Peru is a significant contributor to the global production of rainbow trout, ranking fifth worldwide with a production volume of 54,187,00 tons in 2021 (FAO 2022). However, the emergence of fish diseases, particularly those of uncertain aetiology, poses a significant challenge for this industry. Red Mark Syndrome (RMS) is a prime example of such a disease, affecting rainbow trout as a non-lethal skin condition caused by a Midichloria-like organism (MLO) in both traditional and recirculating aquaculture (Metselaar et al. 2022; Orioles, Saccà, et al. 2022). The widespread syndrome affects rainbow trout populations in at least three continents, including South America, specifically Chile (Sandoval et al. 2016). For a decade, there has been unofficial speculation about the existence of RMS in Peru, yet no official reports have been documented in the scientific literature.
Typical gross RMS-related lesions present as bright red skin spots that can be focal or multifocal, circular, flat, or protruding, often with scattered petechial haemorrhages or scale loss (Oidtmann et al. 2013). Characteristic histologic features include deep chronic lymphohistiocytic and granulomatous dermatitis associated with panniculitis and myositis (Galeotti et al., 2021). The development and healing of these lesions essentially depend on water temperature (Orioles, Galeotti, et al. 2022). While RMS does not cause significant mortality, it has a high morbidity rate and has been deemed to have a considerable economic impact due to the downgrading of commercial products and management costs (Verner-Jeffreys and Taylor 2015; Metselaar et al. 2022). RMS diagnosis heavily relies on clinical features and histopathology (Oidtmann et al. 2013; Galeotti et al., 2021), although several molecular techniques to detect MLO-DNA are available (Lloyd et al. 2011; Cafiso et al. 2016; Orioles, Bulfoni, et al. 2022).
The outbreak under investigation occurred on an extensive rainbow trout farm in a one-hectare area in the Lagunillas lagoon, Santa Lucia district, Lampa province, Puno, Peru (Figure 1). The farmer reported recurrent disease outbreaks every year during the dry season (May-November). Rainbow trout were farmed in floating cages with a rearing density of 15 Kg/m3 and fed a commercial diet. Two cages were affected, with 50-60% of the fish in each showing external signs of red spots and raised, skin lesions on fish. At the time of the outbreak, the water temperature was approximately 14 +/- 1°C, with an oxygen level of five ppm and a salinity of one g/L. Embryonated eggs were supplied from the USA. Furthermore, no mortality was recorded during the outbreak.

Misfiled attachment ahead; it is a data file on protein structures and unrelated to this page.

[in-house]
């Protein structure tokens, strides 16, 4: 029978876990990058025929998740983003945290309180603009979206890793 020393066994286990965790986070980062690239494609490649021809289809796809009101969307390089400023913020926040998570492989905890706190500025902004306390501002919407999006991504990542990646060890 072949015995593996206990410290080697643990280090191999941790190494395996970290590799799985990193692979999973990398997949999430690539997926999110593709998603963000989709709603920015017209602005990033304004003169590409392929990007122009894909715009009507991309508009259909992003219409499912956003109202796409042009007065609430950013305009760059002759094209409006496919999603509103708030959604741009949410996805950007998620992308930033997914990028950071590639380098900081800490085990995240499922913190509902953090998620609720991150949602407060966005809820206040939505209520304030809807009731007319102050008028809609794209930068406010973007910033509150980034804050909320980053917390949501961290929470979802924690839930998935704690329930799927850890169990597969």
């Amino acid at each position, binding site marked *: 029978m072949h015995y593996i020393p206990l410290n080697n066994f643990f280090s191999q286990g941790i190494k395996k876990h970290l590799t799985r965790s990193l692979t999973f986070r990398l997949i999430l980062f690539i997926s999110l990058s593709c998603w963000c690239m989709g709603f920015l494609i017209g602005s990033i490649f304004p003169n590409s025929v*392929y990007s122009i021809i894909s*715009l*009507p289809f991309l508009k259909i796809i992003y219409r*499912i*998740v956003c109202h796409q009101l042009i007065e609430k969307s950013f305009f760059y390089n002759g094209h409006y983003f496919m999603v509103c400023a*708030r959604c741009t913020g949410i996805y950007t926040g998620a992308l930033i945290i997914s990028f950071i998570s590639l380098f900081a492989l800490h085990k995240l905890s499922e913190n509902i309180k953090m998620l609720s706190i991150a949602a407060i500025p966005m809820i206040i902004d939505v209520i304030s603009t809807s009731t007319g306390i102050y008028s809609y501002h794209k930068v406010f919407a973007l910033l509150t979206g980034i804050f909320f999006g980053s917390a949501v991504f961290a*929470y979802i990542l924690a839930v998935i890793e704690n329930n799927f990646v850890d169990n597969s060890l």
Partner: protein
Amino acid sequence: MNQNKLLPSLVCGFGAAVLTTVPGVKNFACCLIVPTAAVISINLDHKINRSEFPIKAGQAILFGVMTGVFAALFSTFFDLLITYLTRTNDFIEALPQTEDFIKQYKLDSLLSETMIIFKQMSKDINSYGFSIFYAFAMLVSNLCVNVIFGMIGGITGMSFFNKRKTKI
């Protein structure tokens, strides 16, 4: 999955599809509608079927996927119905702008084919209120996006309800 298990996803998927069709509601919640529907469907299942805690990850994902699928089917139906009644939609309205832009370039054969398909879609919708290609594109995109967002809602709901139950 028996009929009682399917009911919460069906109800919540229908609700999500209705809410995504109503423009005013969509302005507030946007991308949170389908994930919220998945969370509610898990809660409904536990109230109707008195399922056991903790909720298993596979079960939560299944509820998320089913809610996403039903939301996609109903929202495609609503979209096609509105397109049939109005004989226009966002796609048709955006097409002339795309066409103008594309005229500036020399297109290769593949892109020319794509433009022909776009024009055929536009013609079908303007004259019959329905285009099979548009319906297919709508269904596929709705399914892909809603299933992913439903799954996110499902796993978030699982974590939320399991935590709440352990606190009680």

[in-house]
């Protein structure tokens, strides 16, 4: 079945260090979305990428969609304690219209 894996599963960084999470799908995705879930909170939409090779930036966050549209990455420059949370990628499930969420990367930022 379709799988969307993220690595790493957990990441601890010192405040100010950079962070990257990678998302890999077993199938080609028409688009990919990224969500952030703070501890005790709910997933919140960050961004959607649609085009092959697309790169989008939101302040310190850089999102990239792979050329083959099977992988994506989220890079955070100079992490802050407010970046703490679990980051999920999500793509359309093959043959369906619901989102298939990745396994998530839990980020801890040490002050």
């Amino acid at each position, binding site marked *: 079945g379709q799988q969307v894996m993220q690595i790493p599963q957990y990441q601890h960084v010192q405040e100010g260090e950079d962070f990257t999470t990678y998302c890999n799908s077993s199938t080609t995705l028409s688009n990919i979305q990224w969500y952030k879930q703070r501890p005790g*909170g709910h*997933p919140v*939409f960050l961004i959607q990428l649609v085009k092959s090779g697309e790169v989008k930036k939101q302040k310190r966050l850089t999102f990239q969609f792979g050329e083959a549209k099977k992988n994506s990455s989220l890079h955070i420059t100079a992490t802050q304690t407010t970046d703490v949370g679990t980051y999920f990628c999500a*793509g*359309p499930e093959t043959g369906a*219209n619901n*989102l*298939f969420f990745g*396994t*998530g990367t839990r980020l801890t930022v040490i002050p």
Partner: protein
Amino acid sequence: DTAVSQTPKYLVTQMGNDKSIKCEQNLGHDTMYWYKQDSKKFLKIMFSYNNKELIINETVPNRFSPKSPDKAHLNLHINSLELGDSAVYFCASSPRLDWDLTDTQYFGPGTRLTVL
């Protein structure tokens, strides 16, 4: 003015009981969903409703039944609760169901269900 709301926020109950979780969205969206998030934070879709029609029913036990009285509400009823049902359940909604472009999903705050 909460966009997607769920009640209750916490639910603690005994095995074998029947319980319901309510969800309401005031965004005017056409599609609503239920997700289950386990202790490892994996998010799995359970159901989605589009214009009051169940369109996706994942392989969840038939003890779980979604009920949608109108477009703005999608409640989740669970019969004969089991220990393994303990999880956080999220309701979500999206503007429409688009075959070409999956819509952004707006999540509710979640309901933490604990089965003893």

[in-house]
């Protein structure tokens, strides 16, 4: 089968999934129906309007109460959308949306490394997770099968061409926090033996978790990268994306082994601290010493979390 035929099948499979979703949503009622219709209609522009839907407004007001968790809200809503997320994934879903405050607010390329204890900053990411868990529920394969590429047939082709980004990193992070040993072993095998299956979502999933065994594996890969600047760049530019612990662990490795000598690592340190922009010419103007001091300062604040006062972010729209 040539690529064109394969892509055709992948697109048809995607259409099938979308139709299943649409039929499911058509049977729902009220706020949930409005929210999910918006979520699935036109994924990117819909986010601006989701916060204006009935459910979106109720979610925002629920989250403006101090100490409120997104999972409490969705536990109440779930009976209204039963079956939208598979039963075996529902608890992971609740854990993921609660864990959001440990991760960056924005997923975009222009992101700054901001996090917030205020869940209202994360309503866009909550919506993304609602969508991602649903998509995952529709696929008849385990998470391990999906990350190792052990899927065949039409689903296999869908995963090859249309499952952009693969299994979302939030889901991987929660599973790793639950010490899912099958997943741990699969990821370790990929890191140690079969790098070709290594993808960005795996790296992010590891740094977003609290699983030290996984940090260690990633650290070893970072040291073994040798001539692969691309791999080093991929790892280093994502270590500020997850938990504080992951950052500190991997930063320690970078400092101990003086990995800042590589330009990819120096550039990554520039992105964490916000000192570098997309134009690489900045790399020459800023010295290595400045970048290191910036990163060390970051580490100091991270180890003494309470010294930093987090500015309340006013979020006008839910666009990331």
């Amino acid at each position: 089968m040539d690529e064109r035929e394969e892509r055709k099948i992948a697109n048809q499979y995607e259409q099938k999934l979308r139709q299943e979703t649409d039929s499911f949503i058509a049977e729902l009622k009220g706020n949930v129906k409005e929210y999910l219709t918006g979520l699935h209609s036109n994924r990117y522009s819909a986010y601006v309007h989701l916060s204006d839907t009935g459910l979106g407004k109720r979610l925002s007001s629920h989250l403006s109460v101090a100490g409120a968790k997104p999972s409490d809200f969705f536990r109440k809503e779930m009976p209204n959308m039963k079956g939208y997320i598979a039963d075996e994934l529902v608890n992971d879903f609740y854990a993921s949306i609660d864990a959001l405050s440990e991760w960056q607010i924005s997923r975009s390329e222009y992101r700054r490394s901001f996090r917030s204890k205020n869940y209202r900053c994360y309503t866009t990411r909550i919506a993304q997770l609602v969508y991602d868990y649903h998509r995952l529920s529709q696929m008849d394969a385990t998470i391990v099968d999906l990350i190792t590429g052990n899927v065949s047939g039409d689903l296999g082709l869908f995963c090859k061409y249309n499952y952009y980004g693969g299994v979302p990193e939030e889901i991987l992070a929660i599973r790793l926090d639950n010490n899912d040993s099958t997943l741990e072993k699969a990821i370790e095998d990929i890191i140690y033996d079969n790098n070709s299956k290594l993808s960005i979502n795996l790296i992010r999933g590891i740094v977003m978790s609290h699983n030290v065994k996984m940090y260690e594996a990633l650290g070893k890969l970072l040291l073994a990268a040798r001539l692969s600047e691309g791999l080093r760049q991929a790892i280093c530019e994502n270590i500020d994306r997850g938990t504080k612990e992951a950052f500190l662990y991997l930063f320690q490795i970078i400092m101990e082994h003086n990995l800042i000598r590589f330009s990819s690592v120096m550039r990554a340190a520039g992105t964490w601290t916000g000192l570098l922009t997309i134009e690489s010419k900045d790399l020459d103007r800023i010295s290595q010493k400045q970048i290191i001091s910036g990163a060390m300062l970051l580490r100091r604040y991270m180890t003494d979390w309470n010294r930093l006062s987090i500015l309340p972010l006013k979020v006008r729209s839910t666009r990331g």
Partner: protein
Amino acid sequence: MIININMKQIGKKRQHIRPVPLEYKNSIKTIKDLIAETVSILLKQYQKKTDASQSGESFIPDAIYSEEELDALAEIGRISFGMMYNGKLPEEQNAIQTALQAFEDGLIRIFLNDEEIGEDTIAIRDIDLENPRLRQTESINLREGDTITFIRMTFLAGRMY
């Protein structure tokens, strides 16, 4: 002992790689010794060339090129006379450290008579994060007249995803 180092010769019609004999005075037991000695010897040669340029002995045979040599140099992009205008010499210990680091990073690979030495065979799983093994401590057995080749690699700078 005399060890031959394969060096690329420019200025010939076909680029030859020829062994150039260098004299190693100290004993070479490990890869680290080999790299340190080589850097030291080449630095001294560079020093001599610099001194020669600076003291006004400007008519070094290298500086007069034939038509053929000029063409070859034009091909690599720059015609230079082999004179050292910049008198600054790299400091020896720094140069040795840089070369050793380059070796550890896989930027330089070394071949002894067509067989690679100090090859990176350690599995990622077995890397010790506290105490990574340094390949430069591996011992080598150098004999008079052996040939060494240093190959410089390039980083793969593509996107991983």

Five fish exhibiting clinical signs (as shown in Figure 2) were selected and euthanized using an overdose of benzocaine (20% benzocaine [BZ-20], Veterquimica, Chile). Immediately following euthanasia, postmortem examinations were performed on the fish, and samples of internal organs and skin and muscle lesions were collected and fixed in 10% buffered formaldehyde for subsequent standard histological assessment with hematoxylin and eosin (HE). Moreover, scrapings from the gills, skin, kidney, liver, and spleen of each diseased fish and healthy fish were obtained for microscopic observation and samples for standard bacterial isolation were collected in aseptic conditions from each individual’s external skin, kidney, liver, and spleen.
Gross skin lesions were characterized by bright pink or red spots, often displaying scattered petechial haemorrhages on the flanks, dorsal and ventral areas of various sizes ranging from 2 to 10 cm in diameter, with frequent scale loss, and in rare cases, small central ulcers (Figure 2). No relevant parasites were detected by direct microscopic examination of wet mounts of skin and gills.
Microscopically, skin samples showed severe full-thickness dermatitis with marked lympho-histiocytic infiltration involving all skin layers, including the hypodermis, and muscular tissue (Figure 3a). Scale resorption was observed in moderate and severe cases concomitant with osteoclasts and oedema-induced pocket distention (Figure 3b). In advanced cases, scales were usually absent, having been completely resorbed by osteoclasts, and erosion and ulceration of the epidermis were observed. Collagen fibers of the dermis were disrupted and infiltrated by lymphocytes. In some cases, the infiltrate extended from the subcutis into the muscle, sometimes accompanied by myonecrosis.
A histological examination of the remaining organs did not reveal significant abnormalities. Microscopic examination of smears from the gills, skin, kidney, liver, and spleen of affected rainbow trout found no detectable bacteria. The clinical signs resolved spontaneously in most fish approximately 21-28 days after the first observation.
The affected fish displayed clinical signs, gross and microscopic lesion features compatible with RMS, and according to the criteria proposed by current literature (Verner-Jeffreys et al. 2008; Oidtmann et al. 2013; Metselaar et al. 2022).